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Re: Help with 360º Panoramas
« Reply #9 on: January 17, 2013, 12:41:54 PM »
Thanks, the lens I'm talking about is the Sigma AF 15mm f/2.8 EX DG Fisheye. So if I understand correctly,  I can make 360º panos with a single row of 6 vertical shots, not needing to make two more rows of images rotatin up and down.

Do you have an example of a 360º pano with your lens at 15mm on a fullframe?

I do a lot of interactive spheres. Years ago I started with the 15 mm fisheye. Yes, you need 6 vertical shot, one nadir, one zenit for a sphere. There is no need to tilt the lens, no need for a second row.

Be aware you carefully need to adjust the NPP (no paralax point).

Michael


agierke

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Re: Help with 360º Panoramas
« Reply #10 on: January 17, 2013, 01:21:03 PM »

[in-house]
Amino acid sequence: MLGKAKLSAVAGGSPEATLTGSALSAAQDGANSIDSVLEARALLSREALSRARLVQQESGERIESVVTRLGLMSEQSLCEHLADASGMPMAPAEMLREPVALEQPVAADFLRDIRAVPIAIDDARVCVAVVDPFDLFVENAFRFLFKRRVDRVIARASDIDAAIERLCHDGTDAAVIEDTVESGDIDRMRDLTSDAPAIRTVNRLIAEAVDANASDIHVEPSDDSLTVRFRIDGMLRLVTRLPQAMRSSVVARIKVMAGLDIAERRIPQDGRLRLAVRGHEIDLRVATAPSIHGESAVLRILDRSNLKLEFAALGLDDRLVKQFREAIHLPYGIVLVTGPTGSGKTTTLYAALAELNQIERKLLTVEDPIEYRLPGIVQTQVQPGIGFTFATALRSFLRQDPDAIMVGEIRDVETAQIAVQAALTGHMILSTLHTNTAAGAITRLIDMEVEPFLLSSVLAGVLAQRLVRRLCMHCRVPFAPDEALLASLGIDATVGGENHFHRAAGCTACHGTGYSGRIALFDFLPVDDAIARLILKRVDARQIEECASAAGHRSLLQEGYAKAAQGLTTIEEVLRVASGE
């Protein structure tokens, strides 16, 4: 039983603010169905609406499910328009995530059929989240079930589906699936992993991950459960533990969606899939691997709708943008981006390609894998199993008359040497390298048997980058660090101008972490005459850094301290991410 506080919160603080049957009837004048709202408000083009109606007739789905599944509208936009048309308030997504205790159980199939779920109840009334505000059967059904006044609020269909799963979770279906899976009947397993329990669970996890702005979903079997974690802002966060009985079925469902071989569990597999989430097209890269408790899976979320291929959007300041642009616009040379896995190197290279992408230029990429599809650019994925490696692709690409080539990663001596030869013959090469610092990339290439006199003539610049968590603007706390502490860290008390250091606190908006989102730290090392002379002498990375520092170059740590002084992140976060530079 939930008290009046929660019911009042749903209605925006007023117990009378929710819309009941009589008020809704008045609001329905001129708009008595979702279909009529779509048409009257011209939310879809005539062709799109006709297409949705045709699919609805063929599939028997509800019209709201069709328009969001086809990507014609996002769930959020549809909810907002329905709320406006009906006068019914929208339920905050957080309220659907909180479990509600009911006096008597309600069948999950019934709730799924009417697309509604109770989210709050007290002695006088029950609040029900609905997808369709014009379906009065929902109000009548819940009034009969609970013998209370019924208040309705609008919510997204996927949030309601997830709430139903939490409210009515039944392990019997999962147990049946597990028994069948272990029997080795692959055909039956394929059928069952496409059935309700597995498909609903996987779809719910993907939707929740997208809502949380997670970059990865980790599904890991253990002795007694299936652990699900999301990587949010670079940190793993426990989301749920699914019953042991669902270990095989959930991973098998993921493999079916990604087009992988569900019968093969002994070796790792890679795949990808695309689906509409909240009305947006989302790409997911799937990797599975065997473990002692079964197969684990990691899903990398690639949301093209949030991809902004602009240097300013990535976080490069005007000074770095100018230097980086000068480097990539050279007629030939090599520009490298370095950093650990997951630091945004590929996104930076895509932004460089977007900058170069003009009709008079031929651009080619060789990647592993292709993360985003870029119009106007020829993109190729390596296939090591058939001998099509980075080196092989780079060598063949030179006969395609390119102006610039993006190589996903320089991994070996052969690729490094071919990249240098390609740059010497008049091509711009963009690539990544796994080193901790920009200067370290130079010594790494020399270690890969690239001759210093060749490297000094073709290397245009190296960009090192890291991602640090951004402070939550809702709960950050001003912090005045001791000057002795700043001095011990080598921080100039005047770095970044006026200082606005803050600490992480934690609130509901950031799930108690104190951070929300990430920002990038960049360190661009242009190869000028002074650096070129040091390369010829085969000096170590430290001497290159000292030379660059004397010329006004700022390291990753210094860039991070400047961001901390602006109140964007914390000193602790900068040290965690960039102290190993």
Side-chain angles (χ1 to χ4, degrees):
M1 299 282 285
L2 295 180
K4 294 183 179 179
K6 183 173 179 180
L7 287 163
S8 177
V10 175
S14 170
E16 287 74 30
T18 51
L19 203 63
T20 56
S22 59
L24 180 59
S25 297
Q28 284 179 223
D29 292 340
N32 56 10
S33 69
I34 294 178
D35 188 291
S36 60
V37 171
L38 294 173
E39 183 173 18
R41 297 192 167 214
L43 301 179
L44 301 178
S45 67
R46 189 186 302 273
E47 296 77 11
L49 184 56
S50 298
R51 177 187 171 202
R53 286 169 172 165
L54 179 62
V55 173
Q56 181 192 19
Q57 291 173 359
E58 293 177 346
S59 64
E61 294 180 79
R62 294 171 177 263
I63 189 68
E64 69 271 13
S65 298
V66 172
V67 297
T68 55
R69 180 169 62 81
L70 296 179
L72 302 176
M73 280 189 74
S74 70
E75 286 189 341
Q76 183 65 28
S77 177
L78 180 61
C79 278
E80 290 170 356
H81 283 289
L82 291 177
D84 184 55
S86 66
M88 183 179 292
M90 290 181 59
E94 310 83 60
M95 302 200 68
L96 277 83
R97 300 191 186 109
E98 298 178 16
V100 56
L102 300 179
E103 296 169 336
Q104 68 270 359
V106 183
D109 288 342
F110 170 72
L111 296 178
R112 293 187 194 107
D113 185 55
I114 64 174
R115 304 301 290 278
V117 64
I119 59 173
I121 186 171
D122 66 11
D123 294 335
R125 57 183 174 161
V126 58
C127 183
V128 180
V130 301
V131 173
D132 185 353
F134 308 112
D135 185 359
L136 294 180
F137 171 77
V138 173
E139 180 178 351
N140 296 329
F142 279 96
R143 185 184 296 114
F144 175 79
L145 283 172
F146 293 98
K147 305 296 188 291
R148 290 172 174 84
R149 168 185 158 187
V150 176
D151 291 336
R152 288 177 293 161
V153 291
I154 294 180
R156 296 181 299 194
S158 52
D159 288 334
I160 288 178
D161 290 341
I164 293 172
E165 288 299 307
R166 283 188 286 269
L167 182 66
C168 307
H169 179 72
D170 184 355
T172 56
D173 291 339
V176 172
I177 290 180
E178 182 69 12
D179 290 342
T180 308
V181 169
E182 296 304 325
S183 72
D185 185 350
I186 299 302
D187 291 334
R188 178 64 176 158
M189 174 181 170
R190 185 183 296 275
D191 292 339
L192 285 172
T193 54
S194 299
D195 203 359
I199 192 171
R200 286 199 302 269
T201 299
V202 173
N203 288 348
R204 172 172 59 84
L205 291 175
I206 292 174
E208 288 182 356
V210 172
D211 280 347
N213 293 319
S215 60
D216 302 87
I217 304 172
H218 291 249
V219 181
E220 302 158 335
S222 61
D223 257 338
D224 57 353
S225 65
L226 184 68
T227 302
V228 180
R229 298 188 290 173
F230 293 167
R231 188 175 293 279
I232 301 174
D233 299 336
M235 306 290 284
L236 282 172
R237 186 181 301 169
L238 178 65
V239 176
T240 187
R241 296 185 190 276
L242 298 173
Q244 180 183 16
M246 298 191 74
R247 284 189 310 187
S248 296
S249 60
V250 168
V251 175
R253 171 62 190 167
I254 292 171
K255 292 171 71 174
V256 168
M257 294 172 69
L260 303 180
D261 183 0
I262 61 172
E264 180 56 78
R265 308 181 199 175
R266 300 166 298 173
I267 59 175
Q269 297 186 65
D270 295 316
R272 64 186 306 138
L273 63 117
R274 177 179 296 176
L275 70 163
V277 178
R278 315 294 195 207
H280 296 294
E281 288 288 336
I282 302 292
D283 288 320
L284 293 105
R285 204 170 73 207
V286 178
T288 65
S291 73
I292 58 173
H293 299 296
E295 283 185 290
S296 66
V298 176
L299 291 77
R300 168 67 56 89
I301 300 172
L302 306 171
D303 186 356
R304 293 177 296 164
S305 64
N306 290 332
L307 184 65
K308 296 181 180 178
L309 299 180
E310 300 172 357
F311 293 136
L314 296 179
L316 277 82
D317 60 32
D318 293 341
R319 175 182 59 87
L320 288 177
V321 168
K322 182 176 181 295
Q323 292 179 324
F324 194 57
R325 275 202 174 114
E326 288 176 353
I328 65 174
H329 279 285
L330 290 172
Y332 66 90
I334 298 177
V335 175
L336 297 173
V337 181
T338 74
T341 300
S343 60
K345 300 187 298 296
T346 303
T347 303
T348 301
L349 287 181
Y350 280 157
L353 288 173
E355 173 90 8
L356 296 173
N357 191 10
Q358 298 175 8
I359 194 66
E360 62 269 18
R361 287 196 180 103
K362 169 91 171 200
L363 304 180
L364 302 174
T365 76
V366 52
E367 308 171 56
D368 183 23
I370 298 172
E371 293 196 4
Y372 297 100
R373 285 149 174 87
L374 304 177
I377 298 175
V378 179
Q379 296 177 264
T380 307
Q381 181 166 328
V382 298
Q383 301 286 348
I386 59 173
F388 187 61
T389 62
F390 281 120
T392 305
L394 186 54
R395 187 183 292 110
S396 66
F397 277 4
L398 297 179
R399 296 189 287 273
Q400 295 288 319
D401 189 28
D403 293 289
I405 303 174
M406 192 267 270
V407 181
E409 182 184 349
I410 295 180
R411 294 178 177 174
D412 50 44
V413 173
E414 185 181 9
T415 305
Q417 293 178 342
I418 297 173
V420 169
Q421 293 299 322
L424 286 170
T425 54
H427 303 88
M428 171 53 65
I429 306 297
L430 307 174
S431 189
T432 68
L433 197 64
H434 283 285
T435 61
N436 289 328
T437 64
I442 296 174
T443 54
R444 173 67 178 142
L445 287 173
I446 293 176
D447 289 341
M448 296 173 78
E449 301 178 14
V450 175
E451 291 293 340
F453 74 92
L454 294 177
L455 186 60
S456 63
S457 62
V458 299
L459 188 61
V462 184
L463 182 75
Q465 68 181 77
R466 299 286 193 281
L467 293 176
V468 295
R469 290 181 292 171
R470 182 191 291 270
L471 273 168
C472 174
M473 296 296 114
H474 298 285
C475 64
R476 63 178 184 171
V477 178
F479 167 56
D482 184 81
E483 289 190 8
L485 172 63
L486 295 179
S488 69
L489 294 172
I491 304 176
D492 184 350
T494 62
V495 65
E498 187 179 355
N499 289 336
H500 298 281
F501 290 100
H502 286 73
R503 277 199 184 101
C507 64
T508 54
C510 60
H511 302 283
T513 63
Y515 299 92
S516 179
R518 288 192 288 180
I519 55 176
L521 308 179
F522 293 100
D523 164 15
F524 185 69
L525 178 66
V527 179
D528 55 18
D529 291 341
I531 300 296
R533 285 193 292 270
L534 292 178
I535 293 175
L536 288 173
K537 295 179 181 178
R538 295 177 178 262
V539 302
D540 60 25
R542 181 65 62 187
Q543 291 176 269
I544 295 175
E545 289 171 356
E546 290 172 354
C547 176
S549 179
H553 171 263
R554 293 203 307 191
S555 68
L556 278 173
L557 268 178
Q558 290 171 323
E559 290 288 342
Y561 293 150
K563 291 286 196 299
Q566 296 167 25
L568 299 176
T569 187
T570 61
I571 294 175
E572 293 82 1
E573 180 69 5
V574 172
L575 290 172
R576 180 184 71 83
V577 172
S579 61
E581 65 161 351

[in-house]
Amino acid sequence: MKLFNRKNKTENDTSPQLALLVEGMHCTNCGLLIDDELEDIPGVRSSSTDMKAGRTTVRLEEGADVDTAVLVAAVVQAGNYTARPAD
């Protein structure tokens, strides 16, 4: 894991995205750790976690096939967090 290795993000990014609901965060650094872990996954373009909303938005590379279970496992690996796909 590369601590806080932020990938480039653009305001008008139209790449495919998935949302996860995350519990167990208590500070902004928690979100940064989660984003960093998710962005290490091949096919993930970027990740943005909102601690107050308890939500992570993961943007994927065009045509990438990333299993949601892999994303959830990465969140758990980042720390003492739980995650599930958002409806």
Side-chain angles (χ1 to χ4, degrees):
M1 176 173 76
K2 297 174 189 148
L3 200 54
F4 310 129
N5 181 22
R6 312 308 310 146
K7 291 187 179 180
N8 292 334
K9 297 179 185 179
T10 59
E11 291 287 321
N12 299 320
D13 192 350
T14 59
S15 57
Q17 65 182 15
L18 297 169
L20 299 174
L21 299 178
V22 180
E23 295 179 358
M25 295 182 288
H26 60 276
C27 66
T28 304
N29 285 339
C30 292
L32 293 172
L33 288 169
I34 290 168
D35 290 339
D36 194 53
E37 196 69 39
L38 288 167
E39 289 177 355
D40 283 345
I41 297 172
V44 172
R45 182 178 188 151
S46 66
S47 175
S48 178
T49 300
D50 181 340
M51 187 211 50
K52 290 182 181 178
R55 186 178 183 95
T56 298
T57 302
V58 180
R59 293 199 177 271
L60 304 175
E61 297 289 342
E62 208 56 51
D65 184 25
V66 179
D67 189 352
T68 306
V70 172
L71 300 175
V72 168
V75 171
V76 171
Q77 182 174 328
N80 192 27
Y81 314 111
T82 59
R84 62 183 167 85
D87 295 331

on a slight tangent...

those of you with pano experience have any opinions about panoramic tripod heads that allow you to avoid parallax? i have been looking at manfrotto products for quite some time but have reservations as i dont know how to identify the pros and cons involved with this type of shooting.

the head i was looking at is the following:
http://www.bhphotovideo.com/c/product/293646-REG/Manfrotto_303SPH_303SPH_QTVR_Spherical_Panoramic.html

any thoughts on this item?

i have done panos for fun and have always use PS to stitch and then just retouched any anomalies but i would like to invest in a head that would help me correct for parallax before i get into post.
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charlesa

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Re: Help with 360º Panoramas
« Reply #11 on: January 17, 2013, 01:39:43 PM »